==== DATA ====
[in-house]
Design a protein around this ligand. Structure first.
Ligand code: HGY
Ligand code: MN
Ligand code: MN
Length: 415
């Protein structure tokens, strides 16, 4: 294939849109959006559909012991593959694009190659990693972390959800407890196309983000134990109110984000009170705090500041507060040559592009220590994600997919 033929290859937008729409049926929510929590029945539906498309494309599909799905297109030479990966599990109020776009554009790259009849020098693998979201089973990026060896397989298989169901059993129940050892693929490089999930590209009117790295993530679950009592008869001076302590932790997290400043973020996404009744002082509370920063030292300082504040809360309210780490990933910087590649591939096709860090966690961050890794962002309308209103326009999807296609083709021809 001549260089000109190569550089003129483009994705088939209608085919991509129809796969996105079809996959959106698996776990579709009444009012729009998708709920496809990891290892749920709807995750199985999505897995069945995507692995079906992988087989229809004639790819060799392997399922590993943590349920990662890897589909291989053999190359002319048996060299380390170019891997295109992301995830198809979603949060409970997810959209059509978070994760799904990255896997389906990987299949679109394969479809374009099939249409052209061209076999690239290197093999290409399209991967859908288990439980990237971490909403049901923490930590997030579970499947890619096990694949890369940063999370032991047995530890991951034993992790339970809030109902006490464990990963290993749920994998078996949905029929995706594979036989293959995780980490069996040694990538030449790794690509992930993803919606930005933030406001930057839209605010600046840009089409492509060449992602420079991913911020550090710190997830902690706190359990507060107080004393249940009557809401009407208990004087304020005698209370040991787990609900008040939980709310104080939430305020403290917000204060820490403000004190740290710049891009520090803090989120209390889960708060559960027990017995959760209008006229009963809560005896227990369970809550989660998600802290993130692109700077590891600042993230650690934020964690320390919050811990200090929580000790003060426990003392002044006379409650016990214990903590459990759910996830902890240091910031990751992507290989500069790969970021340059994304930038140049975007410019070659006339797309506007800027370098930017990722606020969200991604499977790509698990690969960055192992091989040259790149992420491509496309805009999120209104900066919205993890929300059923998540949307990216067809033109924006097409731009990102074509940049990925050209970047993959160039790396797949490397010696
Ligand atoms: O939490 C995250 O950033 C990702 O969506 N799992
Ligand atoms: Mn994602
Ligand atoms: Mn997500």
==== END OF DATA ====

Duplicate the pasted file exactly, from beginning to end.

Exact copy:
[in-house]
Design a protein around this ligand. Structure first.
Ligand code: HGY
Ligand code: MN
Ligand code: MN
Length: 415
């Protein structure tokens, strides 16, 4: 294939849109959006559909012991593959694009190659990693972390959800407890196309983000134990109110984000009170705090500041507060040559592009220590994600997919 033929290859937008729409049926929510929590029945539906498309494309599909799905297109030479990966599990109020776009554009790259009849020098693998979201089973990026060896397989298989169901059993129940050892693929490089999930590209009117790295993530679950009592008869001076302590932790997290400043973020996404009744002082509370920063030292300082504040809360309210780490990933910087590649591939096709860090966690961050890794962002309308209103326009999807296609083709021809 001549260089000109190569550089003129483009994705088939209608085919991509129809796969996105079809996959959106698996776990579709009444009012729009998708709920496809990891290892749920709807995750199985999505897995069945995507692995079906992988087989229809004639790819060799392997399922590993943590349920990662890897589909291989053999190359002319048996060299380390170019891997295109992301995830198809979603949060409970997810959209059509978070994760799904990255896997389906990987299949679109394969479809374009099939249409052209061209076999690239290197093999290409399209991967859908288990439980990237971490909403049901923490930590997030579970499947890619096990694949890369940063999370032991047995530890991951034993992790339970809030109902006490464990990963290993749920994998078996949905029929995706594979036989293959995780980490069996040694990538030449790794690509992930993803919606930005933030406001930057839209605010600046840009089409492509060449992602420079991913911020550090710190997830902690706190359990507060107080004393249940009557809401009407208990004087304020005698209370040991787990609900008040939980709310104080939430305020403290917000204060820490403000004190740290710049891009520090803090989120209390889960708060559960027990017995959760209008006229009963809560005896227990369970809550989660998600802290993130692109700077590891600042993230650690934020964690320390919050811990200090929580000790003060426990003392002044006379409650016990214990903590459990759910996830902890240091910031990751992507290989500069790969970021340059994304930038140049975007410019070659006339797309506007800027370098930017990722606020969200991604499977790509698990690969960055192992091989040259790149992420491509496309805009999120209104900066919205993890929300059923998540949307990216067809033109924006097409731009990102074509940049990925050209970047993959160039790396797949490397010696
Ligand atoms: O939490 C995250 O950033 C990702 O969506 N799992
Ligand atoms: Mn994602
Ligand atoms: Mn997500």